This was also the starting point for Blendraw. Inspired by the font of György Szőnyei, I designed a font called SOZ (Sorry) that goes against all kinds of optical rules. I created its structure myself, consisting of two shapes and four fields in which these shapes vary. My friend, graphic designer László Herbszt gave me the idea to use this font not only for writing but also for drawing. I took his advice and started working on it right away, and I designed a mobile app from the game later. Eventually, we created the entire concept with Imre Szögi, my friend from Szeged, and his wife, who’s a child development teacher.
In addition to the digital interface, we manufactured twenty-five boards and the colored letter components that go with them and ended up selling all the finished pieces. Wherever we took it, children loved it.
There were also many touching stories in relation to the game. At the Táltos Primary School in Szeged, for example, there was a little boy who didn’t want to talk. Teachers were working with him for two weeks using Blendraw, when at one point the teacher asked him, “What did you build?” And he suddenly began talking, saying “A dragonfly.” I think it was worth creating it if only for these stories!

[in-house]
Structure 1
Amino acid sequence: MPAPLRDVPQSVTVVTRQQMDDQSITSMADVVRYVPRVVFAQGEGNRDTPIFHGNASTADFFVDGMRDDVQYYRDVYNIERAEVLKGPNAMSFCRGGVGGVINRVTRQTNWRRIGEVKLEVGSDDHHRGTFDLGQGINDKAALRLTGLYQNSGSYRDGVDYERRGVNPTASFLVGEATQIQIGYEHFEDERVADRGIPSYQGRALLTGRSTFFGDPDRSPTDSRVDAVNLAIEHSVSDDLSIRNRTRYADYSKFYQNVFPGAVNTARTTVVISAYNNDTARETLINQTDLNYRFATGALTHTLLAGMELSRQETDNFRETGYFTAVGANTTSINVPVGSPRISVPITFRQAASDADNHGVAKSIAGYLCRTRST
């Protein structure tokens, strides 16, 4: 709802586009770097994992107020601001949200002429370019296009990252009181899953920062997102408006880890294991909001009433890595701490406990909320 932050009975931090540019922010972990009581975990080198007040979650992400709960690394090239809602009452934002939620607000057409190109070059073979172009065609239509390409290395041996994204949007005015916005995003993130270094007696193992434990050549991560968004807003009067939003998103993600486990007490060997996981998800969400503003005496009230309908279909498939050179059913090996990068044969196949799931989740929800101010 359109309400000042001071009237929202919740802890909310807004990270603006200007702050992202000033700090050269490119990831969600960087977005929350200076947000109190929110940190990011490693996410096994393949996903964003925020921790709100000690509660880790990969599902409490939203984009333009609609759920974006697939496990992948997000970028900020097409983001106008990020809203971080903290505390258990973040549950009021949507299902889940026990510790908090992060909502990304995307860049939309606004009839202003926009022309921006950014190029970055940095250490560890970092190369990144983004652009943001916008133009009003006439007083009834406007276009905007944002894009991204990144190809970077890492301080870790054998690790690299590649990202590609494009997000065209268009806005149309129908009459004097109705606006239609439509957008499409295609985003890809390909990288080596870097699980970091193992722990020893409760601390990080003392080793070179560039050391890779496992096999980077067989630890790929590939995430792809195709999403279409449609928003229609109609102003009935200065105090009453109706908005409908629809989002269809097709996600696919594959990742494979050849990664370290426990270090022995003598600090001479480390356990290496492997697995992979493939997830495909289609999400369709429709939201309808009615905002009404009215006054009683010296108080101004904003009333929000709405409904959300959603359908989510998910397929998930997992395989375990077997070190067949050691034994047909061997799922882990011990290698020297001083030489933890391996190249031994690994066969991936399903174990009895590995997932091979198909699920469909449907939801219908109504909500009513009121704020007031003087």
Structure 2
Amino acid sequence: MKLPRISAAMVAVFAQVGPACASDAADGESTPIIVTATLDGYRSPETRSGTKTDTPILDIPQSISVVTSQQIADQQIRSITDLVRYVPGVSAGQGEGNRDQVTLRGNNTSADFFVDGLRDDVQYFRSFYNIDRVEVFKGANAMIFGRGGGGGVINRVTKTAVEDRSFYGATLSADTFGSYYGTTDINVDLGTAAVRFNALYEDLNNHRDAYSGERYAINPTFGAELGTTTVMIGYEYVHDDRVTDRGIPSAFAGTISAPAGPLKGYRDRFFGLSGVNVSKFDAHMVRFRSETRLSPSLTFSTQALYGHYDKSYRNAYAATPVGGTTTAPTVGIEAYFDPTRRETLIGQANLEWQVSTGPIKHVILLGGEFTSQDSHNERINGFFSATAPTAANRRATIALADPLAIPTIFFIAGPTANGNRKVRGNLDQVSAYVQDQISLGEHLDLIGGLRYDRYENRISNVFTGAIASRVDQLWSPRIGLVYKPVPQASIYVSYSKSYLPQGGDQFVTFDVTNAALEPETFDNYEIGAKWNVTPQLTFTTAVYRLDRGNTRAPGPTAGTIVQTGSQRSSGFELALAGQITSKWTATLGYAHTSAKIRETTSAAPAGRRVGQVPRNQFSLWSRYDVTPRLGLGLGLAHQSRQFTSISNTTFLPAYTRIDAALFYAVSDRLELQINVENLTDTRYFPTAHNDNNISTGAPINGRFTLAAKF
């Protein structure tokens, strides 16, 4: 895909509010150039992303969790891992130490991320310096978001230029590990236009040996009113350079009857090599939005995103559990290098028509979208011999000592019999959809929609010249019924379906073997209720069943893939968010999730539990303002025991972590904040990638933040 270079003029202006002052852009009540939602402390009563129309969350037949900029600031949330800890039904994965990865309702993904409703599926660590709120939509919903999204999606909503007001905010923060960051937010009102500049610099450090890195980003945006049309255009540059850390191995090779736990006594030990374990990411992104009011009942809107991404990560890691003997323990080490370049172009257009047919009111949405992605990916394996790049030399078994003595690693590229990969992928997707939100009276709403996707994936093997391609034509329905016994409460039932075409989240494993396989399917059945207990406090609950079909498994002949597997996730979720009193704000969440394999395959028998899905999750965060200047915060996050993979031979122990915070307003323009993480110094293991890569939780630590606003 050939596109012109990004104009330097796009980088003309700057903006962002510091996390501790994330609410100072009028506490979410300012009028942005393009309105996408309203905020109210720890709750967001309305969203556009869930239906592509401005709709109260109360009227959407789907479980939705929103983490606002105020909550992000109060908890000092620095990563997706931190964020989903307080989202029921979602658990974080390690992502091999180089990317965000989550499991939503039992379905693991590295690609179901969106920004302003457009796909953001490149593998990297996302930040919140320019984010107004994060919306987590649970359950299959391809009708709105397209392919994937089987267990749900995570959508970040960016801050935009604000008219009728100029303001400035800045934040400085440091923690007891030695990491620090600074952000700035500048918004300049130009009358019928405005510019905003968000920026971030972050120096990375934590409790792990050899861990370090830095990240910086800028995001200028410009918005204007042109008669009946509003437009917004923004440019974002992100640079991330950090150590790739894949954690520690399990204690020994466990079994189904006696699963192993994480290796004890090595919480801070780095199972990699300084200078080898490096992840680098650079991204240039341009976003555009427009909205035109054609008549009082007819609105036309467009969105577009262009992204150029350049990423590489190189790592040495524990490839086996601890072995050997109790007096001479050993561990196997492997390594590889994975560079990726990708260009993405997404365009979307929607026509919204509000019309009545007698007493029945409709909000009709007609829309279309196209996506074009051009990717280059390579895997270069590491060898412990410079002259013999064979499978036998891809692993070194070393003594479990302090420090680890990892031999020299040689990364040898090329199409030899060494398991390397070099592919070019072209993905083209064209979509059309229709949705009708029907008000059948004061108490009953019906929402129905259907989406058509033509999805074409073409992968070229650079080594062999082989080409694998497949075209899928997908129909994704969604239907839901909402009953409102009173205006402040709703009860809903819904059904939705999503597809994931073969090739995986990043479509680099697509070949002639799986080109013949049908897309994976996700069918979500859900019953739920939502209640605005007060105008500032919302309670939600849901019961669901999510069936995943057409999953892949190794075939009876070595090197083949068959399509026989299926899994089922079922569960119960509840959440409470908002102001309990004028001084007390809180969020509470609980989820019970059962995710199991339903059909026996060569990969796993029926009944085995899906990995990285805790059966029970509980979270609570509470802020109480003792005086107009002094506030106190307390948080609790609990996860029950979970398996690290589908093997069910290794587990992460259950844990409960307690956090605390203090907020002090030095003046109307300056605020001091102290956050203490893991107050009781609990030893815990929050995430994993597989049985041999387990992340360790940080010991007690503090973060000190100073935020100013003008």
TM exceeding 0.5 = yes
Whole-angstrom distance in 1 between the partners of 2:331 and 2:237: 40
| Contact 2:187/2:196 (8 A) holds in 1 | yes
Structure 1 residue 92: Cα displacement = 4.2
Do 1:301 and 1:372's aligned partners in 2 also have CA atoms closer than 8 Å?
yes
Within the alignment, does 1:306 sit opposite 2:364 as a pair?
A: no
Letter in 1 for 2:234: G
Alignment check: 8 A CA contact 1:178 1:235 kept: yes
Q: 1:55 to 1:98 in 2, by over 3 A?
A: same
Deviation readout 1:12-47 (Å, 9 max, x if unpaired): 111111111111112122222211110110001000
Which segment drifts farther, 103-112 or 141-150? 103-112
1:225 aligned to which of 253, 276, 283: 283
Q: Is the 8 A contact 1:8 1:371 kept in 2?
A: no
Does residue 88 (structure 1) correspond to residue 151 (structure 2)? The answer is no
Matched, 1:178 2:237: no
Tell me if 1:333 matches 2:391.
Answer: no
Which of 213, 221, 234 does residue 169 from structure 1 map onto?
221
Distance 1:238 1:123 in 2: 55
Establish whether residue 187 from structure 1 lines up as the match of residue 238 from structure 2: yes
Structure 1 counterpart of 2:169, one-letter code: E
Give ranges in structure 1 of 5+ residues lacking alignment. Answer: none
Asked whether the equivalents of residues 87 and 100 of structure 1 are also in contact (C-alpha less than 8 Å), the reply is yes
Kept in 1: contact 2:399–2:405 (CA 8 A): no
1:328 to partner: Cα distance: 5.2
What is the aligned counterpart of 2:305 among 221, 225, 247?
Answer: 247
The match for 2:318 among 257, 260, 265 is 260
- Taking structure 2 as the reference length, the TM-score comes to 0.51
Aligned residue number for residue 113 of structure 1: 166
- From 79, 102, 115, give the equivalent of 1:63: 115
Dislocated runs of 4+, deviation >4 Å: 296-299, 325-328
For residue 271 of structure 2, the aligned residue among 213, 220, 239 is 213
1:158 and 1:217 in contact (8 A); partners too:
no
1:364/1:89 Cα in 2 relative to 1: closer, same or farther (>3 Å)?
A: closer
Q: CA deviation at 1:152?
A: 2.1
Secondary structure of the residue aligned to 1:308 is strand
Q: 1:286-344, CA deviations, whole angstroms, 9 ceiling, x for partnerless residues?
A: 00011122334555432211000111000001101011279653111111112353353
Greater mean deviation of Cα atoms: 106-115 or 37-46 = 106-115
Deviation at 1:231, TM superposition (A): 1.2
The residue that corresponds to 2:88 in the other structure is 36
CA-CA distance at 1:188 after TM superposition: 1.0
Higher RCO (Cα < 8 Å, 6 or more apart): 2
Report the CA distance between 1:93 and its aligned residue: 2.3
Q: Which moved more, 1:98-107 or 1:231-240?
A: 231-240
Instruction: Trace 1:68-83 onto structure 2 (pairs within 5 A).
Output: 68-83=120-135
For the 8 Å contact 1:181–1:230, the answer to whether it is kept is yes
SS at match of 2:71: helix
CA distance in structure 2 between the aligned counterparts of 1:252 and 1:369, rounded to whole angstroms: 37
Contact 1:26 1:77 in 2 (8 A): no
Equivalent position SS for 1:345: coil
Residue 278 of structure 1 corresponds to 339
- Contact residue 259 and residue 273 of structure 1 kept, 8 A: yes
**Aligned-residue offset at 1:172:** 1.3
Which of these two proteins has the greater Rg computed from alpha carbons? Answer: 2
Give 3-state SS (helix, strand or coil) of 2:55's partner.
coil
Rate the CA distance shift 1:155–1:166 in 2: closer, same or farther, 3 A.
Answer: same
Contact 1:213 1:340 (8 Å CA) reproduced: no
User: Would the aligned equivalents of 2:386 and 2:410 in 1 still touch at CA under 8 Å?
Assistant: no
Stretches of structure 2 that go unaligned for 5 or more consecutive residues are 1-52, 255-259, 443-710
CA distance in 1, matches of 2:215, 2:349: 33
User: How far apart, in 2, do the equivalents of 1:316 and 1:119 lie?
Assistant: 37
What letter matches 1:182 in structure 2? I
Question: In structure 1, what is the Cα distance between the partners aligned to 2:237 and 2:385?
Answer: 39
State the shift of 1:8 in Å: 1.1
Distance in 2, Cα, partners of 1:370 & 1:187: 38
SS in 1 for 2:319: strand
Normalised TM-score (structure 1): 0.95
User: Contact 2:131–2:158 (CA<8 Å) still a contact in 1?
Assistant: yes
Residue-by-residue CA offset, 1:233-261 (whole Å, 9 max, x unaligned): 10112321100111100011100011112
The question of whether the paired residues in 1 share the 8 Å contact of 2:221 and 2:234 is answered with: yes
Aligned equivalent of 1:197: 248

Blendraw is now only available as an app, but there’s a faint hope that we will be able to start production again thanks to EU support.
You’ve been working in the profession since the Hungarian regime change, and you’ve tried your hand in quite a few areas within font design. What do you think about the last twenty years of typographic development in Hungary? What trends can be observed during this period?
With the advent of the Internet, more and more user-friendly design programs became available, and a kind of common knowledge was formed gradually. When I started working in typography, there wasn’t much background material available on the topic. We had the research of Imre Kner and Lajos Kassák, and the typefaces of Miklós Misztótfalusi Kis, Zoltán Nagy, and Edit Zigány, of course – but it used to be a marginal community back then. I’m very grateful to Róbert Kravjánszki, who tried to bring all this together and founded the Magyar Betűtársaság (Hungarian Font Society). We finally had typographer meetings, and we were able to show our work to each other. While everyone used to work in this trade guerrilla-style, type design has become much more community-based by now. There’s a small cloud of dust in which we move forward together.